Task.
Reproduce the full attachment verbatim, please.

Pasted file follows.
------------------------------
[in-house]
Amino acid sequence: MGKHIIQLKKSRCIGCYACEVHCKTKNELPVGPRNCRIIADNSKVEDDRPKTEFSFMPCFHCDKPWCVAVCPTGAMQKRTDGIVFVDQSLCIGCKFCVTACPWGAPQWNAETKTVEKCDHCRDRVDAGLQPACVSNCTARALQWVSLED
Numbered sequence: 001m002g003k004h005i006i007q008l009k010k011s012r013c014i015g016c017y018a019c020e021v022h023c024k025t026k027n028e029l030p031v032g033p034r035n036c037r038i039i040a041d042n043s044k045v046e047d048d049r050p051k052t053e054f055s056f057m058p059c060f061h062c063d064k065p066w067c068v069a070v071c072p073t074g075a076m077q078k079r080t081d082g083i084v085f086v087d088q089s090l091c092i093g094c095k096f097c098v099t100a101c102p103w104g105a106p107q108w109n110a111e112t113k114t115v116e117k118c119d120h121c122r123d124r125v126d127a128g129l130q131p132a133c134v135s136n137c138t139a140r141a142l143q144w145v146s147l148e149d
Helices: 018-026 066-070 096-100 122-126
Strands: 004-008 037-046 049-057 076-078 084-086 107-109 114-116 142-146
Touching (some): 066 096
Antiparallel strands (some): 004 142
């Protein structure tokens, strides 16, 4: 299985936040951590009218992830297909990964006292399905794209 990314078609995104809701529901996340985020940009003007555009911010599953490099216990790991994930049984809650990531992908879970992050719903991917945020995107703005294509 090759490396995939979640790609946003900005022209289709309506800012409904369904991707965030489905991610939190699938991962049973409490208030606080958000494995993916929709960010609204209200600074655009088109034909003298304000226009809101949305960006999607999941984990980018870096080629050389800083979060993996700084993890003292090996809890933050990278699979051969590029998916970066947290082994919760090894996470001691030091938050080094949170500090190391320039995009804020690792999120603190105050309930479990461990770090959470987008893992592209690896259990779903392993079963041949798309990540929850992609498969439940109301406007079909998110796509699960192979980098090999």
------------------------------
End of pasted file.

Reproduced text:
[in-house]
Amino acid sequence: MGKHIIQLKKSRCIGCYACEVHCKTKNELPVGPRNCRIIADNSKVEDDRPKTEFSFMPCFHCDKPWCVAVCPTGAMQKRTDGIVFVDQSLCIGCKFCVTACPWGAPQWNAETKTVEKCDHCRDRVDAGLQPACVSNCTARALQWVSLED
Numbered sequence: 001m002g003k004h005i006i007q008l009k010k011s012r013c014i015g016c017y018a019c020e021v022h023c024k025t026k027n028e029l030p031v032g033p034r035n036c037r038i039i040a041d042n043s044k045v046e047d048d049r050p051k052t053e054f055s056f057m058p059c060f061h062c063d064k065p066w067c068v069a070v071c072p073t074g075a076m077q078k079r080t081d082g083i084v085f086v087d088q089s090l091c092i093g094c095k096f097c098v099t100a101c102p103w104g105a106p107q108w109n110a111e112t113k114t115v116e117k118c119d120h121c122r123d124r125v126d127a128g129l130q131p132a133c134v135s136n137c138t139a140r141a142l143q144w145v146s147l148e149d
Helices: 018-026 066-070 096-100 122-126
Strands: 004-008 037-046 049-057 076-078 084-086 107-109 114-116 142-146
Touching (some): 066 096
Antiparallel strands (some): 004 142
């Protein structure tokens, strides 16, 4: 299985936040951590009218992830297909990964006292399905794209 990314078609995104809701529901996340985020940009003007555009911010599953490099216990790991994930049984809650990531992908879970992050719903991917945020995107703005294509 090759490396995939979640790609946003900005022209289709309506800012409904369904991707965030489905991610939190699938991962049973409490208030606080958000494995993916929709960010609204209200600074655009088109034909003298304000226009809101949305960006999607999941984990980018870096080629050389800083979060993996700084993890003292090996809890933050990278699979051969590029998916970066947290082994919760090894996470001691030091938050080094949170500090190391320039995009804020690792999120603190105050309930479990461990770090959470987008893992592209690896259990779903392993079963041949798309990540929850992609498969439940109301406007079909998110796509699960192979980098090999």